Non-alignment

It seems to me quite often legitimate, even necessary, where truth and justice are at stake, to push issues in the direction of ‘for or against’. Who, or what, in any particular matter is ‘on the side of the angels’. This is often relatively easy to work out. Take for example, the need to improve air quality in our cities. It is not easy to be against this. But of course there are plenty of people – people who make cars for a start – who would rather not do anything about it, and some who are even prepared to run false tests in order to confuse the situation!

Having said this, I wonder whether the right response on some occasions is what we might call non-alignment. Sometimes we need to say: ‘this dispute is nothing to do with me. I am not aligning myself either with the pros or cons, either with the establishment or those trying to resist it’.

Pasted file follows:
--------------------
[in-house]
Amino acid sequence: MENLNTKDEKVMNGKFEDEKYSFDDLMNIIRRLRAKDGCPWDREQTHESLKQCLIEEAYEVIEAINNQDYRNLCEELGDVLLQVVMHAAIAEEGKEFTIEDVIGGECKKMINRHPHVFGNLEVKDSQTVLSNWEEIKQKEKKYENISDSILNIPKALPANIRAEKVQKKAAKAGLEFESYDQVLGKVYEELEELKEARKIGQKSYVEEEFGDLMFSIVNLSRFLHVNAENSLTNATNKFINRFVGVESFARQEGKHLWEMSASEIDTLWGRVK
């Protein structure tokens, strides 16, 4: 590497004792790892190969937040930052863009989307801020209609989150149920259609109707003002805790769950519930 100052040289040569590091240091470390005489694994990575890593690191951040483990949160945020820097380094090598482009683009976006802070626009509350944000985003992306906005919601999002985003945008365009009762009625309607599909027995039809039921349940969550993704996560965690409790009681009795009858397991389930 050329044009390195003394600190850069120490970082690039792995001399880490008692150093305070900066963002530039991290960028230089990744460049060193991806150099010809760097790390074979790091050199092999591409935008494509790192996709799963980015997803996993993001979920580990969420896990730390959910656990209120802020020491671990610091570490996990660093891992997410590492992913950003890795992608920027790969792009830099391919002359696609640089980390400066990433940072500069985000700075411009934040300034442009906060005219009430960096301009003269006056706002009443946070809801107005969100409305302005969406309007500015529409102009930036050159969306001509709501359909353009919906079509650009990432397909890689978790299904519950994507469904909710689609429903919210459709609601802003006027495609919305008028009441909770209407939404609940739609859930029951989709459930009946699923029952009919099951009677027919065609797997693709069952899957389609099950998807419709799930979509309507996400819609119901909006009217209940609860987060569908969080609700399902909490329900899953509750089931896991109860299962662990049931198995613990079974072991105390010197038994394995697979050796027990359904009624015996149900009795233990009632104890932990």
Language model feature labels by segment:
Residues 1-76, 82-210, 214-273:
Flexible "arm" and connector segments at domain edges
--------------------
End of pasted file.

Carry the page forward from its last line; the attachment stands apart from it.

Looking back at world history one can see what a good position was taken up by the non-aligned movement during the Cold War (the phrase ‘non-aligned first became popular at that time). There were nations who did not want to be counted as either on the Soviet or the Western side of the argument, and why not?

In terms of current politics, I continue to appreciate the position of the Green Party. If the establishment is Tory and the opposition is the Corbynist Labour Party, I would undoubtedly be on the side of Labour. But the Green Party is the party of active non-alignment. This is better still. It is against economic growth at all costs, in favour of a citizen’s income and so on. In other words it has a clear political programme, but it is different from that of either of the big players.